Help with understanding some code (Bezier curves)

Hi, I’m working on an app that has a drawing canvas, and there’s a react native package called luncheon/simplify-svg-path, which simplifies strokes (sets of points) into Bezier curves. Does anyone with some calculus knowledge know what’s going on in the below code? (Comments were left by the creator. I attached the full file, but it’s quite long)

index.js (11.8 KB)

// Use least-squares method to find Bezier control points for region.
const generateBezier = (points, first, last, uPrime, tan1, tan2) => {
const epsilon = /#=/ EPSILON, abs = Math.abs, pt1 = points[first], pt2 = points[last],
// Create the C and X matrices
C = [
[0, 0],
[0, 0],
], X = [0, 0];
for (let i = 0, l = last - first + 1; i < l; i++) {
const u = uPrime[i], t = 1 - u, b = 3 * u * t, b0 = t * t * t, b1 = b * t, b2 = b * u, b3 = u * u * u, a1 = tan1._normalize(b1), a2 = tan2._normalize(b2), tmp = points[first + i]._subtract(pt1._multiply(b0 + b1))._subtract(pt2._multiply(b2 + b3));
C[0][0] += a1._dot(a1);
C[0][1] += a1._dot(a2);
// C[1][0] += a1.dot(a2);
C[1][0] = C[0][1];
C[1][1] += a2._dot(a2);
X[0] += a1._dot(tmp);
X[1] += a2._dot(tmp);
}
// Compute the determinants of C and X
const detC0C1 = C[0][0] * C[1][1] - C[1][0] * C[0][1];
let alpha1;
let alpha2;
if (abs(detC0C1) > epsilon) {
// Kramer’s rule
const detC0X = C[0][0] * X[1] - C[1][0] * X[0], detXC1 = X[0] * C[1][1] - X[1] * C[0][1];
// Derive alpha values
alpha1 = detXC1 / detC0C1;
alpha2 = detC0X / detC0C1;
}
else {
// Matrix is under-determined, try assuming alpha1 == alpha2
const c0 = C[0][0] + C[0][1], c1 = C[1][0] + C[1][1];
alpha1 = alpha2 = abs(c0) > epsilon ? X[0] / c0 : abs(c1) > epsilon ? X[1] / c1 : 0;
}
// If alpha negative, use the Wu/Barsky heuristic (see text)
// (if alpha is 0, you get coincident control points that lead to
// divide by zero in any subsequent NewtonRaphsonRootFind() call.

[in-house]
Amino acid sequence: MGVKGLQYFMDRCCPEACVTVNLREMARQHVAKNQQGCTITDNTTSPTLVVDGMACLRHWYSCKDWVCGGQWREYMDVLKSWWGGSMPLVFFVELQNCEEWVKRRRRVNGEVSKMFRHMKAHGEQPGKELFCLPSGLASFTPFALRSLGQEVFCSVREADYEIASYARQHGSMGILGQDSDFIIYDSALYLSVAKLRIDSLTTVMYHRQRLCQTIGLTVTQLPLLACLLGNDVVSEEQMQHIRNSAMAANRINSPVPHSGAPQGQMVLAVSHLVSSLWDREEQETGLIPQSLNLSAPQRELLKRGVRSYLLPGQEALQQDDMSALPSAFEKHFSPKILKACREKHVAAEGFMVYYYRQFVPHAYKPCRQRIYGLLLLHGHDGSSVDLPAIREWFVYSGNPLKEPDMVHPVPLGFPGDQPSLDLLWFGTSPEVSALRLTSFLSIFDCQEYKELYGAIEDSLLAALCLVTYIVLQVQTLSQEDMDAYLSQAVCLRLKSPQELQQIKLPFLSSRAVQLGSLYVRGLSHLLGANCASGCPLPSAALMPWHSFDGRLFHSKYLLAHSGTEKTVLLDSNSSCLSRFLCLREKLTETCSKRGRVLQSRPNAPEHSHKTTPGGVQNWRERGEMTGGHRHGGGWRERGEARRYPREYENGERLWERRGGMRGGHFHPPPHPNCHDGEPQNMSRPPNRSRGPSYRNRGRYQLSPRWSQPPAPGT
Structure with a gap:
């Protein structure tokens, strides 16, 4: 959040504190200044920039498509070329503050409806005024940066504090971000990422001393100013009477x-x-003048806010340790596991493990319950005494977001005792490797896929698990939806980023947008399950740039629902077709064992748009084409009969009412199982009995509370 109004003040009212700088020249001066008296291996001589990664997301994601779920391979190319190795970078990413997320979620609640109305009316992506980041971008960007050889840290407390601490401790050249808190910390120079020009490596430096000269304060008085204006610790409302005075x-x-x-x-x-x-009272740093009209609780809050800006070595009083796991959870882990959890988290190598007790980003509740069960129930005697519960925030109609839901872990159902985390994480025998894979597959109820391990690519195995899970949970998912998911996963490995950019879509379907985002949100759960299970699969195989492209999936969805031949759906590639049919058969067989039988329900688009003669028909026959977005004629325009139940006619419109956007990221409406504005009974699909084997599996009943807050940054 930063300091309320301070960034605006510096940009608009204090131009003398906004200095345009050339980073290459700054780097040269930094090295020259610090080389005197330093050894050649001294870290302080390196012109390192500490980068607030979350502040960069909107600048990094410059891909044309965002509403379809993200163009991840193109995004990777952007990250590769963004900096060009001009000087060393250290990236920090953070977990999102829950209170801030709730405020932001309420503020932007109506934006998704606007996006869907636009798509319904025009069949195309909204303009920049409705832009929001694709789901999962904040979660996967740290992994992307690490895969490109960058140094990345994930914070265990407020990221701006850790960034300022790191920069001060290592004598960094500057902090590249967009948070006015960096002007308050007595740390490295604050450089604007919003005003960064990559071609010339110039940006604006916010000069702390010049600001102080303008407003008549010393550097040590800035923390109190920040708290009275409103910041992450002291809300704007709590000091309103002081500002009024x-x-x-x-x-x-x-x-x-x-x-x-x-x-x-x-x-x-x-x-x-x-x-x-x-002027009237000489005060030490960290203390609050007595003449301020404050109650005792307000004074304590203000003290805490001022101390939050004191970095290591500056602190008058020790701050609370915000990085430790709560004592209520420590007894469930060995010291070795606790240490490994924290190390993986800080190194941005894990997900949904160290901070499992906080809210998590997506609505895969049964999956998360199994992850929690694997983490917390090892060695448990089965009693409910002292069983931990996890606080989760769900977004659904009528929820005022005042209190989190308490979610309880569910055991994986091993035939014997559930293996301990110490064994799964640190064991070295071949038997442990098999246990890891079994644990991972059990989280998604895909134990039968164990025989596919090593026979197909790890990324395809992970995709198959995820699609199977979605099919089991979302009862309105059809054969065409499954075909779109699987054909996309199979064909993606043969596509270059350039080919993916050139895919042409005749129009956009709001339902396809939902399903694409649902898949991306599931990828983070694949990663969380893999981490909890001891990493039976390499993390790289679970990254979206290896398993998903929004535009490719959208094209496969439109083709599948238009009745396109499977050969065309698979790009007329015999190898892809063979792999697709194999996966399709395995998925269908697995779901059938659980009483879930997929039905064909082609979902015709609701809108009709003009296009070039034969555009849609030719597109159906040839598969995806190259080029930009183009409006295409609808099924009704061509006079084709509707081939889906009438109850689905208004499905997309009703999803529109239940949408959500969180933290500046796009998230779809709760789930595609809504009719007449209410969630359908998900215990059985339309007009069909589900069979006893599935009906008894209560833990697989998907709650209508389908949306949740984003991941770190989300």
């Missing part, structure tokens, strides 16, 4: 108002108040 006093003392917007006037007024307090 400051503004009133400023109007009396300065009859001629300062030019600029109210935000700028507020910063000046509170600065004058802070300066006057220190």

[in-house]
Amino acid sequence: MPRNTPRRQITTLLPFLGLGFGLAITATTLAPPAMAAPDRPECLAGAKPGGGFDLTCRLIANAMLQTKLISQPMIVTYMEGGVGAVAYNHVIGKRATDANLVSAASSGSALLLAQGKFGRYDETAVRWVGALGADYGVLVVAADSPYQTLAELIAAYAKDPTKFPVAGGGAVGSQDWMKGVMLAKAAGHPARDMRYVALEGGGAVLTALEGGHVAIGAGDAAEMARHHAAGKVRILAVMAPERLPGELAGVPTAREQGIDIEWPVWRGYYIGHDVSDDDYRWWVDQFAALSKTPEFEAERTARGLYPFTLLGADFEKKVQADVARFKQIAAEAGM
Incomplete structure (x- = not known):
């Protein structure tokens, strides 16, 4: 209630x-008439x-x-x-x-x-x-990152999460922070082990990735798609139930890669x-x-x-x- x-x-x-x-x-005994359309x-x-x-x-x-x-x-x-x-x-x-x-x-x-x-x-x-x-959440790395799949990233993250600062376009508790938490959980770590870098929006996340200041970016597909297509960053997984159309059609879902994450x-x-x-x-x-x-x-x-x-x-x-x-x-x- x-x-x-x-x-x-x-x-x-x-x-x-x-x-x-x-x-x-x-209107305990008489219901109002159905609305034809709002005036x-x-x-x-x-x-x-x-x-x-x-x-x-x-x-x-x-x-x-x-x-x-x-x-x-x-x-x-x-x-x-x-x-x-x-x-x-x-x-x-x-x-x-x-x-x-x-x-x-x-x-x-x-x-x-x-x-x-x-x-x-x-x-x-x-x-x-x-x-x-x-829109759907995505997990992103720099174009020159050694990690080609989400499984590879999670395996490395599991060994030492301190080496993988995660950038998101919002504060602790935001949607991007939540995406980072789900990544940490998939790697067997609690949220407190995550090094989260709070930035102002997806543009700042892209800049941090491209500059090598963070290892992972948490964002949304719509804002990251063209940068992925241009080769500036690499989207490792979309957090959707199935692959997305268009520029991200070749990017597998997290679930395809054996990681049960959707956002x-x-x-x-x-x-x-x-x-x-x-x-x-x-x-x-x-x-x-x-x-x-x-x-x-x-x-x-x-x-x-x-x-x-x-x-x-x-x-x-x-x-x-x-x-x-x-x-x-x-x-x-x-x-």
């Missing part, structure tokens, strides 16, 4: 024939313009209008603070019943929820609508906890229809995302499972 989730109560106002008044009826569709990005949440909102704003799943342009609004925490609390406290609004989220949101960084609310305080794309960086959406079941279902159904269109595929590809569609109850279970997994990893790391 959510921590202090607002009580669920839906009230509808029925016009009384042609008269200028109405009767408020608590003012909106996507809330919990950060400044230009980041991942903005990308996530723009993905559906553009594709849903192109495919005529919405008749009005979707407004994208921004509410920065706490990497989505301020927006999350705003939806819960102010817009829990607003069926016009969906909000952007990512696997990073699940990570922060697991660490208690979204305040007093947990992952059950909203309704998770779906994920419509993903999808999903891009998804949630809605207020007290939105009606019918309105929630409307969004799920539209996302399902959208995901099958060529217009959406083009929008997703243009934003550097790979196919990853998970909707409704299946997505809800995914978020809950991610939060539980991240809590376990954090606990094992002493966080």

const segLength = pt2._getDistance(pt1), eps = epsilon * segLength;
let handle1, handle2;
if (alpha1 < eps || alpha2 < eps) {
// fall back on standard (probably inaccurate) formula,
// and subdivide further if needed.
alpha1 = alpha2 = segLength / 3;
}
else {
// Check if the found control points are in the right order when
// projected onto the line through pt1 and pt2.
const line = pt2._subtract(pt1);
// Control points 1 and 2 are positioned an alpha distance out
// on the tangent vectors, left and right, respectively
handle1 = tan1._normalize(alpha1);
handle2 = tan2._normalize(alpha2);
if (handle1._dot(line) - handle2._dot(line) > segLength * segLength) {
// Fall back to the Wu/Barsky heuristic above.
alpha1 = alpha2 = segLength / 3;
handle1 = handle2 = null; // Force recalculation
}
}
// First and last control points of the Bezier curve are
// positioned exactly at the first and last data points
return [pt1, pt1._add(handle1 || tan1._normalize(alpha1)), pt2._add(handle2 || tan2._normalize(alpha2)), pt2];
};

Thanks!

If you google “bezier curve”, you get this Wikipedia page.

I know what a Bezier curve is, I just want to understand what the code is doing. It says that it is using least-squares method. Is that minimizing the cost function or something?

It certainly sounds like that, but I don’t know anything about Bezier Curves other than how to google that. If you already know Bezier Curves, does the definition involve a least squares cost function?

I scanned the Wikipedia article and I don’t see any mention of least squares or a cost function.

But note in the comment that it says that it is using Least Squares to determine the Bezier control points. So there is some kind of higher level algorithm going on here. It is trying to solve an optimization to figure out what the Bezier Curve should be.

A little more googling finds this article on the MathWorks site.

Sorry, maybe I didn’t make it clear. I know already that its trying to fit a Bezier Curve. Basically, given a set of points (x,y,t), where t is a timestamp, it tries to fit a cubic bezier curve to it. If you can understand what the code is doing, can you explain? Thanks.